BACKGROUND Preoperative autologous blood donation is a standard of care for elective surgical procedures requiring transfusion. The authors evaluated the efficacy of alternative blood-conservation strategies including preoperative recombinant human erythropoietin (rHuEPO) therapy and acute normovolemic hemodilution (ANH) in radical retropubic prostatectomy patients. METHODS Seventy-nine patients were prospectively randomized to preoperative autologous donation (3 U autologous blood); rHuEPO plus ANH (preoperative subcutaneous administration of 600 U/kg rHuEPO at 21 and 14 days before surgery and 300 U/kg on day of surgery followed by ANH in the operating room); or ANH (blinded, placebo injections per the rHuEPO regimen listed previously). Transfusion outcomes, perioperative hematocrit levels, postoperative outcomes, and blood-conservation costs were compared among the three groups. RESULTS Baseline hematocrit levels were similar in all groups (43%+/-2%). On the day of surgery hematocrit decreased to 34% +/-4% in the preoperative autologous donation group (P < 0.001), increased to 47%+/-2% in the rHuEPO plus ANH group (P < 0.001), and remained unchanged at 43%+/-2% in the ANH group. Allogeneic blood exposure was similar in all groups. The rHuEPO plus ANH group had significantly higher hematocrit levels compared with the other groups throughout the hospitalization (P < 0.001). Average transfusion costs were significantly lower for ANH ($194+/-$192) compared with preoperative autologous donation ($690+/-$128; P < 0.001) or rHuEPO plus ANH ($1,393+/-$204, P < 0.001). CONCLUSIONS All three blood-conservation strategies resulted in similar allogeneic blood exposure rates, but ANH was the least costly technique. Preoperative rHuEPO plus ANH prevented postoperative anemia but resulted in the highest transfusion costs.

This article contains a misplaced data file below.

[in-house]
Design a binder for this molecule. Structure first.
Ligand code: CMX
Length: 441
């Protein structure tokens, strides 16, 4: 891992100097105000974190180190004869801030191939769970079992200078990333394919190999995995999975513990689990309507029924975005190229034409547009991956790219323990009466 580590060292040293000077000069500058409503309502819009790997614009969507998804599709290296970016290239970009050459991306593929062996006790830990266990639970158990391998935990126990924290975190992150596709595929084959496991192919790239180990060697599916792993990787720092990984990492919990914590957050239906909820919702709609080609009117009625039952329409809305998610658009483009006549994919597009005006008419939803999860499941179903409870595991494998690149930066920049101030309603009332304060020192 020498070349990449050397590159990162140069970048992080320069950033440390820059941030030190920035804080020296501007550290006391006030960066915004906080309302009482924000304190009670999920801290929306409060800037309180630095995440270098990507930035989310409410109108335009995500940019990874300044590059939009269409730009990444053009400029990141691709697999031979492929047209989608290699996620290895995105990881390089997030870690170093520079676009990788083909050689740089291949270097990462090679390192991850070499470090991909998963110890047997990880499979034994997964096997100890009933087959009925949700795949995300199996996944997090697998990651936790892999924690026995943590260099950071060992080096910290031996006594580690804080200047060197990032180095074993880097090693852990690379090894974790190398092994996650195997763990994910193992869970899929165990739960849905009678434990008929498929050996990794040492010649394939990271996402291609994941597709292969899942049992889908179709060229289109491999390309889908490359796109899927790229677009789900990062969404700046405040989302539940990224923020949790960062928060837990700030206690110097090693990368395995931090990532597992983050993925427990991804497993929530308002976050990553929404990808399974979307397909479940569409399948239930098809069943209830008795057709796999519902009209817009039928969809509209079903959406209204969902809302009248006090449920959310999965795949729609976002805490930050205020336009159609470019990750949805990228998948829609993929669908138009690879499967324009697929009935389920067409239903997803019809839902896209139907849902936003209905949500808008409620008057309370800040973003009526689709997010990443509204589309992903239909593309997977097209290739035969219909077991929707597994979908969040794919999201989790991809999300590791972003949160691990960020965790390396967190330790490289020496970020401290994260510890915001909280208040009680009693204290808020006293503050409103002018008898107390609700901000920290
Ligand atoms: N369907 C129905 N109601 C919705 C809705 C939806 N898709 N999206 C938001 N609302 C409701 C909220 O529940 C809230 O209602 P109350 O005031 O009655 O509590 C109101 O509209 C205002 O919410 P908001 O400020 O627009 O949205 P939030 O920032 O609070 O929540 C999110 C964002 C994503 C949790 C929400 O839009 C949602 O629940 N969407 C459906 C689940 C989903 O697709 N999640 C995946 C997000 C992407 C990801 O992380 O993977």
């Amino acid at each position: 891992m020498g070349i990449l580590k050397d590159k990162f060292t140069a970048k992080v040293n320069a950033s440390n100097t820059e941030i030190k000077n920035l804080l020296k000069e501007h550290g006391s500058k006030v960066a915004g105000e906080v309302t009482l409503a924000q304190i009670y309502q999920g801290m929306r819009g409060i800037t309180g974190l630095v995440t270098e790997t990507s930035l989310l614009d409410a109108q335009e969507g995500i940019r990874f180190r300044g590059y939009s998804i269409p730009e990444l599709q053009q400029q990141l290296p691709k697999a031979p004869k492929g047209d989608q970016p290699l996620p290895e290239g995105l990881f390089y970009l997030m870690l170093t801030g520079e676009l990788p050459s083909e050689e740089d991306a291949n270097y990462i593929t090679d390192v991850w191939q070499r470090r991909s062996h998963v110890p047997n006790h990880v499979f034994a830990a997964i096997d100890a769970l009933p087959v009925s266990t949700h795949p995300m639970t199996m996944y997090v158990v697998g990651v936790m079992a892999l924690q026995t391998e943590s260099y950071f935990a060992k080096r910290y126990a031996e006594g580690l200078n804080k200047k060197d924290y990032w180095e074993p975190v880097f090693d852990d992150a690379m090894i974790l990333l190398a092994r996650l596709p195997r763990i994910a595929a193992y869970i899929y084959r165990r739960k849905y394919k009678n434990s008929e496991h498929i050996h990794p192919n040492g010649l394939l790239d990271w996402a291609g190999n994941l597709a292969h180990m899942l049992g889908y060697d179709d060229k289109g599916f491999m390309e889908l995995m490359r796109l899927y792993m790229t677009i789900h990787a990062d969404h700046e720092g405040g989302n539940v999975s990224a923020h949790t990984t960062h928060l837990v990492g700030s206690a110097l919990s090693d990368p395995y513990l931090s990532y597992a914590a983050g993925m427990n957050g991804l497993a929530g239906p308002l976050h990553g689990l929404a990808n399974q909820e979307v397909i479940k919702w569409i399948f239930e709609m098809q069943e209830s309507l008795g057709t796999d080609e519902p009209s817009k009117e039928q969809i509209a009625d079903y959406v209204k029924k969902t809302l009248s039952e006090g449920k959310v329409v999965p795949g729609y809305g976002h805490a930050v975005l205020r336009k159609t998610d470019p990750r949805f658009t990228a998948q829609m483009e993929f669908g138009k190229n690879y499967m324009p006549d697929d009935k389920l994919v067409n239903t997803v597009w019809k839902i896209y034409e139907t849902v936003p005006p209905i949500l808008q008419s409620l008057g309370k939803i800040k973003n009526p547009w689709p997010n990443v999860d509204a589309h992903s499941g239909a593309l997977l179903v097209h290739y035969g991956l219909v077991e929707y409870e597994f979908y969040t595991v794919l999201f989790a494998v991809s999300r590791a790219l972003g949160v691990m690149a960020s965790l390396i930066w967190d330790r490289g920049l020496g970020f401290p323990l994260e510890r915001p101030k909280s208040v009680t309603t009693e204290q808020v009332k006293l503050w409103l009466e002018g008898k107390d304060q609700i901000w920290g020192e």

Preoperative recombinant human erythropoietin injection versus preoperative autologous blood donation in patients undergoing radical retropubic prostatectomy